Sunday, June 2, 2013

20-Time and Genius Hour in the Classroom

"Enthusiasm is the mother of effort, and without it nothing great was ever achieved."
                                                                   -Ralph Waldo Emerson

The concept of 20-Time or Genius Hour in the classroom comes from the autonomous style of companies like Google, 3M, Best Buy, etc... that gives employees time to investigate, research, or create whatever they would like to.  Google, for instance, gave engineers 20% of their work week to work on whatever they wanted to work on.  Most of the engineers used this time to try out an idea that they thought would work, and it led to some amazing discoveries such as Gmail, Google News, and many more.  Many companies are now copying this concept and trying to allow their employees to create and innovate.

Can this model be replicated in schools?  When explaining this model to most people the first message that comes up is that Google has ultra-motivated employees that can make this work.  In schools in could never work.

After doing this for a few years, I disagree with this statement.  The goal of classroom 20-Time is not the same as the goals that Google has.  In the classroom I want students to:

*  Learn the big concepts about the topics I teach
*  Be introduced to facts and vocabulary about these topics
*  Learn how to Learn
*  Become enthusiastic about learning and education
*  Become passionate about a topic
*  Develop 21st Century and soft skills in order to prepare for life

The 20-Time concept is amazing at helping accomplish this in the classroom.

Teachers are bogged down with an overwhelming amount of standards and benchmarks.  For this reason most teachers put their heads down and plow through content as fast as they can in order to have students "know" everything that they were supposed to know.  Is this good?  I always felt that students knew this information for the test, but would not remember it later.  Now, after rounds of testing this thought, I have repeatedly seen this to be true.  Students retain very, very, very little of the information that we are forcing down their throats.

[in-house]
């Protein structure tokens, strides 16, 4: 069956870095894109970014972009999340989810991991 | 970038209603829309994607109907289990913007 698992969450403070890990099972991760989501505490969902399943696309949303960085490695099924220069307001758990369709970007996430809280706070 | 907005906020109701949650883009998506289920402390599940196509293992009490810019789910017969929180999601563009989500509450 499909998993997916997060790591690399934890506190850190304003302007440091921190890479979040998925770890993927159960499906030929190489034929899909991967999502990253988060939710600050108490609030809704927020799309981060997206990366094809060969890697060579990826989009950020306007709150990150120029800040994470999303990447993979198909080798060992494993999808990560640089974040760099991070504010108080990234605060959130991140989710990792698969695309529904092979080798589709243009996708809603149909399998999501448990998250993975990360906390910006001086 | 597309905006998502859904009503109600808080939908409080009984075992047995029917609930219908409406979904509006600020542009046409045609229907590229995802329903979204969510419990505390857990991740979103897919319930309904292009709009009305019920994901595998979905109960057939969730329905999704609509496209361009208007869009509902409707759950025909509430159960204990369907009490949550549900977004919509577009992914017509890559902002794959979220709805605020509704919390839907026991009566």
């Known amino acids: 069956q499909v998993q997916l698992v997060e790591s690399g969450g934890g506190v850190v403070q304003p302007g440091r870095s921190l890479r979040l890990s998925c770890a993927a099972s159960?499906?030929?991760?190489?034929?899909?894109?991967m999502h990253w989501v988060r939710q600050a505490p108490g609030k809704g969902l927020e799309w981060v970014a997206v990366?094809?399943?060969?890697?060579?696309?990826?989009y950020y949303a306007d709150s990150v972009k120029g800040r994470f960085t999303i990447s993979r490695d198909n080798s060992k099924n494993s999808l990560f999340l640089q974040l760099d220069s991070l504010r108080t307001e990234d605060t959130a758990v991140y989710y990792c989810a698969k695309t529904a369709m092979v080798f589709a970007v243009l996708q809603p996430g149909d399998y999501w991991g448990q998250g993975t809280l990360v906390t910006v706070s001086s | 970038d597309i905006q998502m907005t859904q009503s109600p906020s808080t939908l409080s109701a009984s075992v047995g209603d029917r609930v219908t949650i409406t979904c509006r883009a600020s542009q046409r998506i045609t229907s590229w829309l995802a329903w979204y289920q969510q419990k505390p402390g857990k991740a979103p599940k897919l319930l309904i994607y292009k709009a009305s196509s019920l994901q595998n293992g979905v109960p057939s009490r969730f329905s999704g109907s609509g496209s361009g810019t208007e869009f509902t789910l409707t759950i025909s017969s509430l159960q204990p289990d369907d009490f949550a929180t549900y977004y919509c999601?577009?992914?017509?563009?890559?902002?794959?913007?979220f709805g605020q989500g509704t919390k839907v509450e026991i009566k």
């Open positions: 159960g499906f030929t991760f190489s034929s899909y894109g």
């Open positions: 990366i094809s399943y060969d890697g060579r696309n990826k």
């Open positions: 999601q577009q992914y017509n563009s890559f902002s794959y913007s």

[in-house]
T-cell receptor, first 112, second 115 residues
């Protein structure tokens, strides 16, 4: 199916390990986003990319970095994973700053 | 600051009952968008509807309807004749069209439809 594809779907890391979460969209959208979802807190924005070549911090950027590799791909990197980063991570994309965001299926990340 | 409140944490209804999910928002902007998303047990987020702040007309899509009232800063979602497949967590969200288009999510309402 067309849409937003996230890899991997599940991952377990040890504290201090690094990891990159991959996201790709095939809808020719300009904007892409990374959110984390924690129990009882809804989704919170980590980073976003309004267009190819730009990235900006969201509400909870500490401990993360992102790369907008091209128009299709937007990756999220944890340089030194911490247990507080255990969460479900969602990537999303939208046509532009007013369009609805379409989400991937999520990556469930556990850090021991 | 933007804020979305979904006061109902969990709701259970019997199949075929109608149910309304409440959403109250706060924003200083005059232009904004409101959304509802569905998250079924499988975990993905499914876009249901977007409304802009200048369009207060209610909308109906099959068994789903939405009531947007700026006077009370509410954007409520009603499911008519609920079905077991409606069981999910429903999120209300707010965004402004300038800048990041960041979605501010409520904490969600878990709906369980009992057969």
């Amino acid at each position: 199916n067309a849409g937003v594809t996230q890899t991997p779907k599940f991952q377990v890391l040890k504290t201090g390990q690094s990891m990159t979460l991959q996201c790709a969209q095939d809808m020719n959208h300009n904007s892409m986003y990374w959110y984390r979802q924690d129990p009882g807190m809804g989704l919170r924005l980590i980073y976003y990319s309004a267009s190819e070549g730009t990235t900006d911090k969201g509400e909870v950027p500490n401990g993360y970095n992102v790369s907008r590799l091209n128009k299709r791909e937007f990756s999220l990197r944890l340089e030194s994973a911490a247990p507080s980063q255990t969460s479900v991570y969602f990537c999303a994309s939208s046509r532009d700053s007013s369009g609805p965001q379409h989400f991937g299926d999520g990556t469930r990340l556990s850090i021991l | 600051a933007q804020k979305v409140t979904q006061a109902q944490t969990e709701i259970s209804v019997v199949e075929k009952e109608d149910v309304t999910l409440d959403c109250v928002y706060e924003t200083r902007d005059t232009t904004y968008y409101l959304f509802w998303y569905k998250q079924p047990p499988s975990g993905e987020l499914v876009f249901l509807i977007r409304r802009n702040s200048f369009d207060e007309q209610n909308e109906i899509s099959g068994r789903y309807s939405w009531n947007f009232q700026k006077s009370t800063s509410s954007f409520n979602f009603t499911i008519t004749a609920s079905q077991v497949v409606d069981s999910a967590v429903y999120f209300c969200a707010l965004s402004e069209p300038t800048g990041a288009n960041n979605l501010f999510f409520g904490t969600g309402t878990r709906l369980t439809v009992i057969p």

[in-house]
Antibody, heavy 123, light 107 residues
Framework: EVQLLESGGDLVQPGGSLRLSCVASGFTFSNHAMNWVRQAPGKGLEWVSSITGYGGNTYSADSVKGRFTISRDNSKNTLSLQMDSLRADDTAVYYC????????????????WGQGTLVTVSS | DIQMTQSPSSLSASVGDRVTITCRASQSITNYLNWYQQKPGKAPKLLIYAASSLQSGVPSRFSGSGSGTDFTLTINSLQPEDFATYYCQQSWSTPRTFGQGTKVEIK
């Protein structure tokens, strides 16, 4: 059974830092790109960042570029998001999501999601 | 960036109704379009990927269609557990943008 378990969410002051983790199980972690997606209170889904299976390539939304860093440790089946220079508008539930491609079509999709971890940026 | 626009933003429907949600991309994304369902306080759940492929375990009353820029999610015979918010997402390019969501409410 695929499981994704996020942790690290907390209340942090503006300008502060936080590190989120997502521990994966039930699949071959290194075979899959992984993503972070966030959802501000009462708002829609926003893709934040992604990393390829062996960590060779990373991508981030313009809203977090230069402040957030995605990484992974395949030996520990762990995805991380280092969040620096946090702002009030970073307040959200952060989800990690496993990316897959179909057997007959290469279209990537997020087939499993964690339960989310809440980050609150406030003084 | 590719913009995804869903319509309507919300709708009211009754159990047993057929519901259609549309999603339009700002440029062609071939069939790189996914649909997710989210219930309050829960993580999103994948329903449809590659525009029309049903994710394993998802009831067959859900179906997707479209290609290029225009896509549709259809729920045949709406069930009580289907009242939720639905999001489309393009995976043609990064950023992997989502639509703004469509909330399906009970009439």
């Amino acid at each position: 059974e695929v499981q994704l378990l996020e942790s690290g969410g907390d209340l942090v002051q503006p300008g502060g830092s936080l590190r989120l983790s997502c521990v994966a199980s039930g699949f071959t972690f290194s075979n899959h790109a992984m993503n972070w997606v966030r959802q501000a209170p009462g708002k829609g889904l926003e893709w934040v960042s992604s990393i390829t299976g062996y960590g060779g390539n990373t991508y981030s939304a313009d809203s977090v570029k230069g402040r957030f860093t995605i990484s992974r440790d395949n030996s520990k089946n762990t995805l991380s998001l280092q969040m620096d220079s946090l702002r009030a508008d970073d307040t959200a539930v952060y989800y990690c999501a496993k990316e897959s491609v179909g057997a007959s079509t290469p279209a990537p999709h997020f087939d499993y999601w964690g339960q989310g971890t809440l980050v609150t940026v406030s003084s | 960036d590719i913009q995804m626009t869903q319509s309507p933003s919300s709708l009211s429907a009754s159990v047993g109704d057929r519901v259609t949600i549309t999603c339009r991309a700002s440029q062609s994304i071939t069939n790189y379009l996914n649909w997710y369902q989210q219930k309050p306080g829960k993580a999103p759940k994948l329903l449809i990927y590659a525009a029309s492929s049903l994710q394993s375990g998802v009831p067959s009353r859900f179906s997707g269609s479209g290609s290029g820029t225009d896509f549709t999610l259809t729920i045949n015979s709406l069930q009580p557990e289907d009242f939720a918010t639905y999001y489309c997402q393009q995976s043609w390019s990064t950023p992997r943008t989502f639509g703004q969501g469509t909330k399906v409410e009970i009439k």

This entire last paragraph was about only one of the things that I want my students to accomplish....and that is the Trivial Pursuit facts about the content.  At this point the students are usually too overwhelmed to understand the concepts, as they are busy cramming in all of the fine details and attempting to predict which ones will be asked on the standardized tests they will be given.

Learning how to learn?  Becoming enthusiastic or passionate?  Developing 21st century skills?  NO WAY!  These areas have been harshly neglected from our education system and our schools for far too long.  Most students that I encounter "hate school", "hate math", "hate reading", "hate science" and this is all before I get to spend one second with them in the classroom.  Why, in a country in which we spend about $12,000 per child so they can have a guaranteed access to an education, do the students act like they are being punished for having to go?  There are not many students that look at it like a free $12,000 scholarship and for an opportunity to improve themselves.  I know that many will say that there are plenty of students that are motivated to do this, but I do not believe the % is very high.  Most of the students that do appear to care are simply grade chasers who would rather have an "A" and learn nothing than get a "C" and learn a LOT.  They have been trained to play a game called "school".  Many of the students that do actually care about becoming educated are ones that have a strong social structure outside of the school, which helps reinforce this desire.